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“Our world was big. We have already lost enough lands. Now, it’s enough!”
Last week Brazil and the world witnessed a historic moment of unity and struggle for the Amazon and its people. Some 200 indigenous peoples, riverine communities and fishermen joined at the Pimental construction site of the Belo Monte dam where they continue to occupy the area. They did not come to hold discussions with the construction consortium; they want their agenda to he heard by the Brazilian Federal Government.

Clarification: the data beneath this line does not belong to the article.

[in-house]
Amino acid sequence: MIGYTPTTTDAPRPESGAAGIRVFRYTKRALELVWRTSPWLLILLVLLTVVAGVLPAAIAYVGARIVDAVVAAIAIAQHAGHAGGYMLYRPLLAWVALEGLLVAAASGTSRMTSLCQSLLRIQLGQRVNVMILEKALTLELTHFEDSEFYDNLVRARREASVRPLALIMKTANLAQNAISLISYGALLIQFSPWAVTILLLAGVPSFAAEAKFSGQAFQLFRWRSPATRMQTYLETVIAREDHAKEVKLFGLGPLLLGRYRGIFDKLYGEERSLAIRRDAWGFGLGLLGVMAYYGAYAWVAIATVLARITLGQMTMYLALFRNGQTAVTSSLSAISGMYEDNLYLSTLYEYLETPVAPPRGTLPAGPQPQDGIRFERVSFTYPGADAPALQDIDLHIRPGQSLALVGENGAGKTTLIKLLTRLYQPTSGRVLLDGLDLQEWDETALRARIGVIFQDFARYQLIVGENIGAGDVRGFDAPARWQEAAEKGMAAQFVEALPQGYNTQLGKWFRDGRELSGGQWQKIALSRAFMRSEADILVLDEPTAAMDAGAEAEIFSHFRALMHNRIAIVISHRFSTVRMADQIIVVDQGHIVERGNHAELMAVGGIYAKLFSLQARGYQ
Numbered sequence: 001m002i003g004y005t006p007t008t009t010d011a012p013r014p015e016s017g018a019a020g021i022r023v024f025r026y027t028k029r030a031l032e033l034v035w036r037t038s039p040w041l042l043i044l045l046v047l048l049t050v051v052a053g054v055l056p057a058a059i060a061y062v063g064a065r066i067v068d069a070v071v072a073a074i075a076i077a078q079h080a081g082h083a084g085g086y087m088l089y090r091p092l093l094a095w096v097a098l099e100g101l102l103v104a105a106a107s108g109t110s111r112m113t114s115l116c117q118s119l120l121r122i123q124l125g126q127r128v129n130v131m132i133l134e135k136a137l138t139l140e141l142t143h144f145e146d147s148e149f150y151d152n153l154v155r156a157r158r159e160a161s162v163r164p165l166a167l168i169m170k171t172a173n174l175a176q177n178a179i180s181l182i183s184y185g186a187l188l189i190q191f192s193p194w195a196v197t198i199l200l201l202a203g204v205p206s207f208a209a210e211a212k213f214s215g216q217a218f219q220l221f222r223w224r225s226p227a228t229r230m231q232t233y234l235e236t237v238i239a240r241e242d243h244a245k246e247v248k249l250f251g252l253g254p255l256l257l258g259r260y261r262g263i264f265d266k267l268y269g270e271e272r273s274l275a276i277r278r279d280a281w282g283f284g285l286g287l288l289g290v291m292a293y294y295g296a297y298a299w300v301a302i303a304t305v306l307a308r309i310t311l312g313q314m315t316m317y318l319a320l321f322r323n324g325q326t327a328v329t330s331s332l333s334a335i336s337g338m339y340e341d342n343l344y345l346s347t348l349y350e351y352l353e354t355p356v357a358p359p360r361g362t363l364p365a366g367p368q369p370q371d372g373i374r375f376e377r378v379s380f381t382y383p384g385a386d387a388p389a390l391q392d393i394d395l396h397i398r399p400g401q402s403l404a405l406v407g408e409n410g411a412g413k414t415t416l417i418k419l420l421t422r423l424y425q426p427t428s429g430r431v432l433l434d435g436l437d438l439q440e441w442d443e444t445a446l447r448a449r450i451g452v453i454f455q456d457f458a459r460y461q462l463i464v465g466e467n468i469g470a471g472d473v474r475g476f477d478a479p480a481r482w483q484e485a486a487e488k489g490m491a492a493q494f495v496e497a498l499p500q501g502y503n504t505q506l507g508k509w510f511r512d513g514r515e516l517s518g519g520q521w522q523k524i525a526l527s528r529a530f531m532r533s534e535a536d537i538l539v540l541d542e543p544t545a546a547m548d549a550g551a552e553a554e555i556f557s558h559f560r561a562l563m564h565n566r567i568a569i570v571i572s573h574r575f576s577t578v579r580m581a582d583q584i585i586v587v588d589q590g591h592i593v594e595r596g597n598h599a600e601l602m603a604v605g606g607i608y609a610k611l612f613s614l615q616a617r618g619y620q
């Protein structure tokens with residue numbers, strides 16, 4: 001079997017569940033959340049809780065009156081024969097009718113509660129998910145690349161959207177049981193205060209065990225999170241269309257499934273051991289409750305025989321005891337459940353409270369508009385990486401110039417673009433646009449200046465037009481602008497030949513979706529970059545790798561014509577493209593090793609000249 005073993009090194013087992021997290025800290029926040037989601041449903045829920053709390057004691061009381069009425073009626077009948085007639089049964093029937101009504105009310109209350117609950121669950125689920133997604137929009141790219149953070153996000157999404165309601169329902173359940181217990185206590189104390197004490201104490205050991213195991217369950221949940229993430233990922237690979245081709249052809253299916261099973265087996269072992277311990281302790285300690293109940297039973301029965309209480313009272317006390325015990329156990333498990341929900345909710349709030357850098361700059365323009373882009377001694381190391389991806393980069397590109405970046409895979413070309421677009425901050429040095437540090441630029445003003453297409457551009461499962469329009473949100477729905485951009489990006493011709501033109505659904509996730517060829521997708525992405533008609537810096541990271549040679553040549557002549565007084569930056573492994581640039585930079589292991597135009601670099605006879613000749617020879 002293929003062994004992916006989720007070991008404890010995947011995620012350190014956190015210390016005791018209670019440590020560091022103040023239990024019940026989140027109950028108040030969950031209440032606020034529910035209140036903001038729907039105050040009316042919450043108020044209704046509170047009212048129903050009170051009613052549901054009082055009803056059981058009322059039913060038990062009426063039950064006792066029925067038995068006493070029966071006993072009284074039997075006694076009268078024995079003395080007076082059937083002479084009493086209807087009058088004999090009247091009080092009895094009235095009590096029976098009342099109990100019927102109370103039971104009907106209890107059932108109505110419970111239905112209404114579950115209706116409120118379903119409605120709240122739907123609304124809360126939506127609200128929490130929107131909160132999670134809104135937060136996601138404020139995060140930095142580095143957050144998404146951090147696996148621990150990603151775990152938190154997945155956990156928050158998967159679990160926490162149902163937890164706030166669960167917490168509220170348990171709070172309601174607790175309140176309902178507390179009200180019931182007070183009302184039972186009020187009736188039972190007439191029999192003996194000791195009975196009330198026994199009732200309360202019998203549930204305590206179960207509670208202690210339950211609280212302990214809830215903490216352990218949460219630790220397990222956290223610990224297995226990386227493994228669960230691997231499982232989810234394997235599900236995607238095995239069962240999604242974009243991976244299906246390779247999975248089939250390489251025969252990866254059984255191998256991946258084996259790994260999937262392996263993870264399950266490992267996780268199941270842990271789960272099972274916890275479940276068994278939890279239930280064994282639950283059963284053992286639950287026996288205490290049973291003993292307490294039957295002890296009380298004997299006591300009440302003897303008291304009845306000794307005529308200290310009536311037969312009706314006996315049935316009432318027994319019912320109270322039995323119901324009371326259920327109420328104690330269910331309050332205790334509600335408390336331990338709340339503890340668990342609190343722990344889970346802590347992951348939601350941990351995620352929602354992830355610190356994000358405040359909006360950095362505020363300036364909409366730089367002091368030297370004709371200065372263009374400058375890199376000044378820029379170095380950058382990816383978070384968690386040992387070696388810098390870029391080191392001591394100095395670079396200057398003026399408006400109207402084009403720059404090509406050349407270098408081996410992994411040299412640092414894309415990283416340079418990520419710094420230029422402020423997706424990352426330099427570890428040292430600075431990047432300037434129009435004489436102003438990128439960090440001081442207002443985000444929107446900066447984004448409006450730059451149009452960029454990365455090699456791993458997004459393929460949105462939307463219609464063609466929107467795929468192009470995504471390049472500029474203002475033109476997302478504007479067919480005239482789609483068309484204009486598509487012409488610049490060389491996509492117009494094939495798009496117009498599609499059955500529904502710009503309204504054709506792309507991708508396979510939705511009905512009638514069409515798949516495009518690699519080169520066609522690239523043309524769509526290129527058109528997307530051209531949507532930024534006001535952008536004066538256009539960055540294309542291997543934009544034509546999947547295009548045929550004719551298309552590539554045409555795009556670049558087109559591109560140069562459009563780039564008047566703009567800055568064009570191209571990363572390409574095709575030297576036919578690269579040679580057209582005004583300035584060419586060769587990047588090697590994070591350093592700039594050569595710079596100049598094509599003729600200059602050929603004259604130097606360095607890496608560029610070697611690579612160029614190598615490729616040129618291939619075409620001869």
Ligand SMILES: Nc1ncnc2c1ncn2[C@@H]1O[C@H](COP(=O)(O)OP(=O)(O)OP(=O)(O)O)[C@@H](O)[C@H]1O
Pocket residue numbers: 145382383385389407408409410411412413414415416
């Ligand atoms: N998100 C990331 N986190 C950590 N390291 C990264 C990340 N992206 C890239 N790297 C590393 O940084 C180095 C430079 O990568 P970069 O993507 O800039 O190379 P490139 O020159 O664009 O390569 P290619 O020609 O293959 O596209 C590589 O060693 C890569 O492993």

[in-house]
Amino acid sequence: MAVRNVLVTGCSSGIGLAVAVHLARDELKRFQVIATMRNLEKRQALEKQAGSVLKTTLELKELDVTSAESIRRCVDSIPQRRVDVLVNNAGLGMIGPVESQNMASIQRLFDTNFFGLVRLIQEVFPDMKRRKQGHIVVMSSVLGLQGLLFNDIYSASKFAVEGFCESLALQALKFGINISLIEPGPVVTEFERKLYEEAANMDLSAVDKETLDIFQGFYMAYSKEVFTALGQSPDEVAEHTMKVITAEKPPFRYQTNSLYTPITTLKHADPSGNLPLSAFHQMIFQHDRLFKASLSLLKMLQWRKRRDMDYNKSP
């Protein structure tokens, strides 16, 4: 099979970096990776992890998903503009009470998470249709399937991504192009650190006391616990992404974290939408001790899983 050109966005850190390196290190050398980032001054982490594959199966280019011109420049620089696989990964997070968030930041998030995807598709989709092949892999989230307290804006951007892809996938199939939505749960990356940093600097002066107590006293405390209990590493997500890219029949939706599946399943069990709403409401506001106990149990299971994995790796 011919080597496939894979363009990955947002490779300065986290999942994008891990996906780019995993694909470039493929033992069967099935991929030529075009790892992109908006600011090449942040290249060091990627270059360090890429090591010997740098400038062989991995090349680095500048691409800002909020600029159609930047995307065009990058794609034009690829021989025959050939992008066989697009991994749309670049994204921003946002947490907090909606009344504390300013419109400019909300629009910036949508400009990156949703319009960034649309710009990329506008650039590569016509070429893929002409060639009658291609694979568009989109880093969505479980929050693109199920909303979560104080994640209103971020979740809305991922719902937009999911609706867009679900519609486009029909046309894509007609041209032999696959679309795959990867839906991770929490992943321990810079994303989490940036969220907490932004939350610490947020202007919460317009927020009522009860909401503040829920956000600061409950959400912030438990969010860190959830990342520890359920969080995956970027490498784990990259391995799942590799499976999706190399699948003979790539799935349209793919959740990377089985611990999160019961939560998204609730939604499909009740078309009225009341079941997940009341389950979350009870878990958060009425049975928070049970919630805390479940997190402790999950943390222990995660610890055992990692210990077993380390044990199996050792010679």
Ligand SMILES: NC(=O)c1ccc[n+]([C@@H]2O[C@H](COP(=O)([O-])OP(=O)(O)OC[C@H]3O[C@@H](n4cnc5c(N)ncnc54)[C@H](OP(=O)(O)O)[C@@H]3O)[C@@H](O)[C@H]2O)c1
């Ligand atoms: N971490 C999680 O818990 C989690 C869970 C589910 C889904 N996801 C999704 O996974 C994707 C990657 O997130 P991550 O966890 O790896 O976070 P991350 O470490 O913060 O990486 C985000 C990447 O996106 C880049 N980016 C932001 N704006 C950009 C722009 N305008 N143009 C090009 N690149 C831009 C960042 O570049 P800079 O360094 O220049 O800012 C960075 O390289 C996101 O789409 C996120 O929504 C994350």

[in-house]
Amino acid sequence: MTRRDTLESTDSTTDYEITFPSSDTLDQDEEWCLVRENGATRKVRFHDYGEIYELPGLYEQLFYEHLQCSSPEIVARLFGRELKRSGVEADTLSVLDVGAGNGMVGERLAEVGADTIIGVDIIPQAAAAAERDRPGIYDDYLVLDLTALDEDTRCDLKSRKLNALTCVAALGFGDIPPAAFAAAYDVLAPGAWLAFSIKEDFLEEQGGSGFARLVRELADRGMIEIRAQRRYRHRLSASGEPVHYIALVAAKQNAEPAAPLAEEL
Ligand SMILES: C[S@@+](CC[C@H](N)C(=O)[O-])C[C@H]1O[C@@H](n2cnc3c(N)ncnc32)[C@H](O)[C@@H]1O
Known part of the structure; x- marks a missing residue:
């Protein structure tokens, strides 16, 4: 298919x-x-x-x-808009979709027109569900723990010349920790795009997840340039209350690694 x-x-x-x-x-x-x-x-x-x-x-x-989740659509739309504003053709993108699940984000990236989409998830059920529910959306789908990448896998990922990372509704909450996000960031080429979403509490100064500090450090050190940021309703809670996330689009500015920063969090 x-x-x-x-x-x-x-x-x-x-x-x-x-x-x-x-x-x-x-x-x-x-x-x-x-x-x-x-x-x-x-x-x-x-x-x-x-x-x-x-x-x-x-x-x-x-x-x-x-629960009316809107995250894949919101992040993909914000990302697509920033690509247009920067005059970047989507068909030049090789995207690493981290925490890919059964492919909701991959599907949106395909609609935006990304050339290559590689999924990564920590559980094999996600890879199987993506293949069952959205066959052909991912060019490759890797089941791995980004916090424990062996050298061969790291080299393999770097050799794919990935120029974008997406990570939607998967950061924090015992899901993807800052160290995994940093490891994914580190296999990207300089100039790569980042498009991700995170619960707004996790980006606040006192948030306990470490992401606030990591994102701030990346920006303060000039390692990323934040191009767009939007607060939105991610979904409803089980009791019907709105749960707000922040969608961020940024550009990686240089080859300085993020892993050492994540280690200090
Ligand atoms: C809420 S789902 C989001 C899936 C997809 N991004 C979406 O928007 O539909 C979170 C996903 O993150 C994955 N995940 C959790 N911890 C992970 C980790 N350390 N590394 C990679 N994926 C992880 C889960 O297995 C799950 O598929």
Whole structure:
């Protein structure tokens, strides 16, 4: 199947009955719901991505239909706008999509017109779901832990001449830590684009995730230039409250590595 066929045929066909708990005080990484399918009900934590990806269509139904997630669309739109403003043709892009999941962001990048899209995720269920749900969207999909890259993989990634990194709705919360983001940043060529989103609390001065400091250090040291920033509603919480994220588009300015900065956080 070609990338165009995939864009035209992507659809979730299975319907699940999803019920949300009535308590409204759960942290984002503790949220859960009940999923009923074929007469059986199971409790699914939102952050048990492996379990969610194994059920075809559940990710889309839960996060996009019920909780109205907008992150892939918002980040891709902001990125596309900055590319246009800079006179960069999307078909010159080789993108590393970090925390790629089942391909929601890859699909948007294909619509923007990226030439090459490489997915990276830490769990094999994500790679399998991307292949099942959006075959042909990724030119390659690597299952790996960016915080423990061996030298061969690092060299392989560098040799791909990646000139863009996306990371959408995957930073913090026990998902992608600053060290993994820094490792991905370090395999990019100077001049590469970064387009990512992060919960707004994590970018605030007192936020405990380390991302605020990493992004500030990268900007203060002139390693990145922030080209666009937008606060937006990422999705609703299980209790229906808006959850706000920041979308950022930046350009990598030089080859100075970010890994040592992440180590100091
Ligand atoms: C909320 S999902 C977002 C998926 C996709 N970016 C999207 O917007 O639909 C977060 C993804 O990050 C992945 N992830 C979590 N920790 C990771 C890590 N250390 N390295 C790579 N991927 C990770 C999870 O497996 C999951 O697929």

The group’s demands are straightforward: To clearly define the regulation of prior and informed consultation of indigenous peoples and to immediately suspend all work and studies related to dams on the rivers where they live.
Among the warrior communities present are the Munduruku people of the Tapajós River basin. According to their General Chief Saw, the government seeks to build these dams as if there were no genuine life in these places…
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